Whether or not you ditched believing the cliché that breakfast is the most important meal of the day, starting your day with a healthy meal can set you up for success. Choosing high-protein, low-carb foods can not only supply your day with energy but keep you satiated well until lunch so you can effortlessly ignore those breakroom doughnuts.
Why Choose a High-Protein, Low-Carb Breakfast?
Although it can be easy to skip, breakfast is the perfect opportunity to start the day off on a nutritious note and may even lead to better choices later in the day. Adults who eat a healthy breakfast are more likely to eat more vitamins and minerals, perform better at work and eat less fat and cholesterol, according to the Mayo Clinic.
While you should try to get in a good dose of all the major macros (protein, carbohydrates and fats) at the start of the day, the high-protein, low-carb combo is great if you prefer a late lunch, according to Iu. Adding protein at breakfast is key for preventing energy crashes. That's because protein slows down digestion, which means you experience a steadier release of energy and will likely feel fuller for longer periods of time, according to Iu.
Keep in mind that foods low in carbohydrates and high in protein may also be high in fat. While protein and carbs are only four calories to the gram, fats provide nine calories per gram and can be more calorically dense. Next time you're at the grocery store, shop for these high-protein, low-carb breakfast staples and combine them for a balanced breakfast:
- Egg frittata or omelet with cheese
- Nut butter on sprouted toast
- Smoked salmon with avocado
- Greek yogurt with raspberries
- Cottage cheese with chia seeds and berries
High-Protein, Low-Carb Recipes to Try
If you have some time and want to get a little more creative, Iu has two delicious recipes for you to try.
Yields 12 muffins
- 2/3 cup oat bran (or other low-carb flour of choice, like almond or coconut flour)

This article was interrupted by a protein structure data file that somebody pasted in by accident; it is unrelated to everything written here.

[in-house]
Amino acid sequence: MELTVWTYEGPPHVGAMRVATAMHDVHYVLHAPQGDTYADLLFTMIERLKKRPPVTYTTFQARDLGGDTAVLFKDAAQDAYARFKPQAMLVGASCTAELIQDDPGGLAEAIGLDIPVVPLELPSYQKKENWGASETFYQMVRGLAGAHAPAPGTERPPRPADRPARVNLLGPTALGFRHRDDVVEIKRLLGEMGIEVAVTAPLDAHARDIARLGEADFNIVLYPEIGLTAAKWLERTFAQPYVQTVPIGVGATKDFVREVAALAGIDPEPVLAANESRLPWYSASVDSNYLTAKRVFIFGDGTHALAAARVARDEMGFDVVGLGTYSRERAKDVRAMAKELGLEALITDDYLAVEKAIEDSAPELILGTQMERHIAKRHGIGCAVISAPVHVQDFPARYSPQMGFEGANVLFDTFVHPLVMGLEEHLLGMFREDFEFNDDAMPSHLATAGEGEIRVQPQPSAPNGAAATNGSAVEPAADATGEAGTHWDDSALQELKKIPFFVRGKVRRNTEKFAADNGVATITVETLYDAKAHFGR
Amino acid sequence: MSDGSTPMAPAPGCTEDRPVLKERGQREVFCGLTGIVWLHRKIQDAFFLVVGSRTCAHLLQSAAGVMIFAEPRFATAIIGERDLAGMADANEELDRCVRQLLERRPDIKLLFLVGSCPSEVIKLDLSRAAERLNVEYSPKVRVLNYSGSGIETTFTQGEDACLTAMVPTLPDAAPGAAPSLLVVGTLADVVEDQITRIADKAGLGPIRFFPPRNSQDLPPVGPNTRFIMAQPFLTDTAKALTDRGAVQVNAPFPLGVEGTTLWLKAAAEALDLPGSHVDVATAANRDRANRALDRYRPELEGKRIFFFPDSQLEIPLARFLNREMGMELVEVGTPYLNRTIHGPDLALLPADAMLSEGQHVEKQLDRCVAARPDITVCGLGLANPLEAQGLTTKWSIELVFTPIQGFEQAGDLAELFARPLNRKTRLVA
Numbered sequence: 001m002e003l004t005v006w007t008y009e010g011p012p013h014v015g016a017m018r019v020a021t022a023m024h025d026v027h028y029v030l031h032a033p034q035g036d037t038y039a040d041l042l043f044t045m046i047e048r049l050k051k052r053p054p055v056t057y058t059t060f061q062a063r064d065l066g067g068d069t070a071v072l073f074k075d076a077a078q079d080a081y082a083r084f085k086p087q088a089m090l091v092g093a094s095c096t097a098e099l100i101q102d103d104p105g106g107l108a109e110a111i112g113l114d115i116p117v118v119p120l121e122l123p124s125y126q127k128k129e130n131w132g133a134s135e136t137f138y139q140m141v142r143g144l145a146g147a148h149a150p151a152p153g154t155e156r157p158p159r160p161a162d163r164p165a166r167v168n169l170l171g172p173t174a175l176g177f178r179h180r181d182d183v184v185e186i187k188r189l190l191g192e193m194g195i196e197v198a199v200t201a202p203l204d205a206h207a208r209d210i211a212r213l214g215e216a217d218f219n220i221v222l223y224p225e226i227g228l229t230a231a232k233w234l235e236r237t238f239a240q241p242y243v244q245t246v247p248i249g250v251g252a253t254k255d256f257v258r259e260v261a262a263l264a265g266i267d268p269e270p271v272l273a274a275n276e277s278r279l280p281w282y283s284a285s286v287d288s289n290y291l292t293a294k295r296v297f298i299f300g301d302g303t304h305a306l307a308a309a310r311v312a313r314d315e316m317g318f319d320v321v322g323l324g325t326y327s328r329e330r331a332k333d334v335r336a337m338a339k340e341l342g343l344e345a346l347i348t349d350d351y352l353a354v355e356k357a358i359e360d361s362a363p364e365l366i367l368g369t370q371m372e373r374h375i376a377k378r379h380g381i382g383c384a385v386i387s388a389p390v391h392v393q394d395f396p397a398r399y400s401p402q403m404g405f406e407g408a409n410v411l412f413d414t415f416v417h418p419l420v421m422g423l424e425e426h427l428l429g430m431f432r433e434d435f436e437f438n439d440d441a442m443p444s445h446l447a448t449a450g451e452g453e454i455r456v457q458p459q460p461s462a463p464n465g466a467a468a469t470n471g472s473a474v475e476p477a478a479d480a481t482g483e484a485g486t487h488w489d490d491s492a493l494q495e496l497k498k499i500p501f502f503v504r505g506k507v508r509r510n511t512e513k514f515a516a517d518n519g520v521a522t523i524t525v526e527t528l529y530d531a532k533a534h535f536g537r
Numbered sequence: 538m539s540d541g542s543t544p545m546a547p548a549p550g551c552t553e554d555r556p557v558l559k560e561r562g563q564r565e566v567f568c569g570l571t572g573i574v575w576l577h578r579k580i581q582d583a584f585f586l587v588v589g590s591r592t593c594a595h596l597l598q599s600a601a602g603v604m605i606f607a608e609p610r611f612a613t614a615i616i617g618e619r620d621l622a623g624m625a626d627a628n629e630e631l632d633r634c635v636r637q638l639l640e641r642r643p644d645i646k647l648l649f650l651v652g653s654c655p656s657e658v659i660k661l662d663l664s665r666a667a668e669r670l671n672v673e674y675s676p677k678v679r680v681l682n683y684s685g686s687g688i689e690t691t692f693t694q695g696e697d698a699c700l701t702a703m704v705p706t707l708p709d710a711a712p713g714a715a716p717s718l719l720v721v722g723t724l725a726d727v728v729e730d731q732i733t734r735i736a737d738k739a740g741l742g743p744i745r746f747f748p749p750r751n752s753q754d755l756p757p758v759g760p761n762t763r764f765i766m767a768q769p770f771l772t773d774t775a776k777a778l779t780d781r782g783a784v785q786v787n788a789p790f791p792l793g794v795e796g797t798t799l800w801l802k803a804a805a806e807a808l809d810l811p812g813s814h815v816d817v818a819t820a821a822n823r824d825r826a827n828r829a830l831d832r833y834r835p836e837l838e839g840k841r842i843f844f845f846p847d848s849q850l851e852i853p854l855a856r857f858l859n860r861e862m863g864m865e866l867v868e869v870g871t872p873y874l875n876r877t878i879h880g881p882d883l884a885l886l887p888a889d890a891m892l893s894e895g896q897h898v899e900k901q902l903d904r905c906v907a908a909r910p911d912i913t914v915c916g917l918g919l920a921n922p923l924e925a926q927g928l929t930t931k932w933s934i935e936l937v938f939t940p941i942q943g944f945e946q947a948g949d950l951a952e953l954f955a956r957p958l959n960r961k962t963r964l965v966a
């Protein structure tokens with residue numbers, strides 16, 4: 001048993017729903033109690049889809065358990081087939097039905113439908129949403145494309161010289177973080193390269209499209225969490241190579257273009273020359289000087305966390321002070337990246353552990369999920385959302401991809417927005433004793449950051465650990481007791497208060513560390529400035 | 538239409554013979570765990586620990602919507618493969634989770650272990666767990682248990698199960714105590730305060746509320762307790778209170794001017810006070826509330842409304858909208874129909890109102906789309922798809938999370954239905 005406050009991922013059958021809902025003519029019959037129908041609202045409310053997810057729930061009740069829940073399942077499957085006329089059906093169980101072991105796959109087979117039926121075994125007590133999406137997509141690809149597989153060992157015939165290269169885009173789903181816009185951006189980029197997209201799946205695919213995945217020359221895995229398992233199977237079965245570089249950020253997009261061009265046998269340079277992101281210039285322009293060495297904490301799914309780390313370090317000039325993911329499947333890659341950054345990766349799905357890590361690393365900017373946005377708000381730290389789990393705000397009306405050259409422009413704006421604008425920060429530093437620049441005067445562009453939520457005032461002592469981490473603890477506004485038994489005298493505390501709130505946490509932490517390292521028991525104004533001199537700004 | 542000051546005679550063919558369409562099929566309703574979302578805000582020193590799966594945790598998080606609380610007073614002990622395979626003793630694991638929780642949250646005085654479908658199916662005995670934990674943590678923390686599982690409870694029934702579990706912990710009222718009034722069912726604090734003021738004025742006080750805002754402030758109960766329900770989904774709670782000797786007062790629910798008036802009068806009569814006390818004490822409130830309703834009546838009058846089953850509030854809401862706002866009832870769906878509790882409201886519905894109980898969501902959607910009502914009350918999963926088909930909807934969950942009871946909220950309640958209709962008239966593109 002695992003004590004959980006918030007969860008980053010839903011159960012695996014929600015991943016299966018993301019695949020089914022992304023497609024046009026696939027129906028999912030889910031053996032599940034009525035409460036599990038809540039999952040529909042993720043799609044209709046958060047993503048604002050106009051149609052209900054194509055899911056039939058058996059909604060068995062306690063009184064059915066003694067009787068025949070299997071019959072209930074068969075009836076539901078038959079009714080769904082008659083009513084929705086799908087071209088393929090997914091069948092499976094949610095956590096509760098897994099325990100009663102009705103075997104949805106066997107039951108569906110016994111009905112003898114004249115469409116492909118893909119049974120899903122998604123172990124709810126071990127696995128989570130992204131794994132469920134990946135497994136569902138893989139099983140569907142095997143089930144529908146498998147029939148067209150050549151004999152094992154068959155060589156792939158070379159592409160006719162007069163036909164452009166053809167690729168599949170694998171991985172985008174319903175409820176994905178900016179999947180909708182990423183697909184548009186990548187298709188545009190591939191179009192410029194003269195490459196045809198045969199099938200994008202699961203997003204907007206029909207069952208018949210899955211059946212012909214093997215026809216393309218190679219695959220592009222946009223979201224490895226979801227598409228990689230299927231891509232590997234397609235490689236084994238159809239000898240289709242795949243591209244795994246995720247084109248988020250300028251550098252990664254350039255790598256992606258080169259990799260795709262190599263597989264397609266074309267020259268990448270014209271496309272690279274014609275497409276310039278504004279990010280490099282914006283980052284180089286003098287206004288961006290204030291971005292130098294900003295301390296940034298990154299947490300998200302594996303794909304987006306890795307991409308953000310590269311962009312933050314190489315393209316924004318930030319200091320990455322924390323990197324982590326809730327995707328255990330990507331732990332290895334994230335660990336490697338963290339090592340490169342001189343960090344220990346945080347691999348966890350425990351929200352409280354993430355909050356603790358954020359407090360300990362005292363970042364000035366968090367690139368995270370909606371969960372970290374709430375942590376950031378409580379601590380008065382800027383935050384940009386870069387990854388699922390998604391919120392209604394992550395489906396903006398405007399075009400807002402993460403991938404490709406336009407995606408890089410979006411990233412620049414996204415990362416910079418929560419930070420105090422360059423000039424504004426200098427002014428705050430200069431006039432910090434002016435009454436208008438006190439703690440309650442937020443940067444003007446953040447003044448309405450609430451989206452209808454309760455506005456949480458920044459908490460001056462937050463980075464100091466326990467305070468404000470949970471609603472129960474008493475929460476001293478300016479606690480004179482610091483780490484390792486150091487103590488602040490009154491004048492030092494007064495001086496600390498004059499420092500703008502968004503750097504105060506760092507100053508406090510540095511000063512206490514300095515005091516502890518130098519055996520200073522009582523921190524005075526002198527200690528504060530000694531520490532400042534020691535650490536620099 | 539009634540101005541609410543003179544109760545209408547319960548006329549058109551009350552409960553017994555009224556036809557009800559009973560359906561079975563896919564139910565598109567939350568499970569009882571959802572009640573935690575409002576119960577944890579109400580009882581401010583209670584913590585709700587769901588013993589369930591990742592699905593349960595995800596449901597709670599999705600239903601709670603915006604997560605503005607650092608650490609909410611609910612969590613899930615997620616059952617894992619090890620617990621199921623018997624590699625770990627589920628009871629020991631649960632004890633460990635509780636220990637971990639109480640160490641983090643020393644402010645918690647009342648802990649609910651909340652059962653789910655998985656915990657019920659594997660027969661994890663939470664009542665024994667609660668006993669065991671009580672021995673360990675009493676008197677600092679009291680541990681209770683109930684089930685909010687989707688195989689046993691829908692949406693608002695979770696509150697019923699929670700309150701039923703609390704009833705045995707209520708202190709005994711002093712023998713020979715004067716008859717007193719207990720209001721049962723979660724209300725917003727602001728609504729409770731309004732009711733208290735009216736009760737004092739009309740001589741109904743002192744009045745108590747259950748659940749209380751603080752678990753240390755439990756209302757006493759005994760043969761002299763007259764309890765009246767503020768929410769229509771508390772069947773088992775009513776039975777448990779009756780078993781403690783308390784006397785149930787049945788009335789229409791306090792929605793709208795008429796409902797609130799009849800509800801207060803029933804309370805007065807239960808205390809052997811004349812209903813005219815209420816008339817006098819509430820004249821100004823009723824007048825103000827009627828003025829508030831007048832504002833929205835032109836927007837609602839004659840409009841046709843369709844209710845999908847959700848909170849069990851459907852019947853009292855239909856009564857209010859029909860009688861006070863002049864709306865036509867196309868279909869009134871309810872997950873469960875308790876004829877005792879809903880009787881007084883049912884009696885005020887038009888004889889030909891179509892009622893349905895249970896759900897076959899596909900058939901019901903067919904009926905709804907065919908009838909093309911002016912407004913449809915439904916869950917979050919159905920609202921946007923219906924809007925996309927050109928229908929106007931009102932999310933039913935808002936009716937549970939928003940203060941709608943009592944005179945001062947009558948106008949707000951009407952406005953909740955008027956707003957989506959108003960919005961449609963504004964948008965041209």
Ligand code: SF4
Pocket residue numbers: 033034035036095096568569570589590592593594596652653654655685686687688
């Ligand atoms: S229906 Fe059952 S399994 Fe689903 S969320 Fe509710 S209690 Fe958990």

- 1 scoop of protein powder (1/4 cup)
- 2 teaspoons baking powder
- 1 teaspoon cinnamon
- 2 small or medium very ripe mashed bananas
- 1/2 cup unsweetened applesauce
- 1/2 cup low-fat, plain Greek yogurt
- 1 egg
- 1 teaspoon vanilla extract
- Preheat oven: Preheat your oven to 400° Fahrenheit and spray a 12-cup muffin tin with nonstick cooking spray or grease it with coconut oil.
- Create dry mix: In a medium bowl, whisk together oat bran, protein powder, baking powder and cinnamon. Set it aside.
- Create wet mix: In a large bowl, mix the mashed banana, applesauce, Greek yogurt, eggs and vanilla.
- Bake the muffins: After mixing, allow the batter to sit for 5 minutes to thicken and divide the batter evenly into the 12 muffin cups. Bake for 15 minutes.
Vanilla Chia Pudding Serves 1
- 3/4 cup milk (almond, coconut, oat or regular dairy milk)
- 1/2 teaspoon pure vanilla extract
- 1 tablespoon honey
- 1/4 cup chia seeds
- 1/2 cup fresh berries (whole or mashed)
- Combine ingredients: In a small bowl or jar, combine the milk, vanilla extract and honey. Using a fork, whisk in the chia seeds and let it stand for 5 minutes. Then, stir to distribute any seeds that have settled.
- Let it sit: Cover and refrigerate for at least one hour, or until the mixture develops a pudding-like consistency.
- Serve: Mix before serving. To serve, top with fresh berries or mango for natural sweetness.
You can make this chia pudding ahead of time and store it in the fridge for up to two to three days. So when a.m. hunger strikes, you can pack it for on-the-go fuel!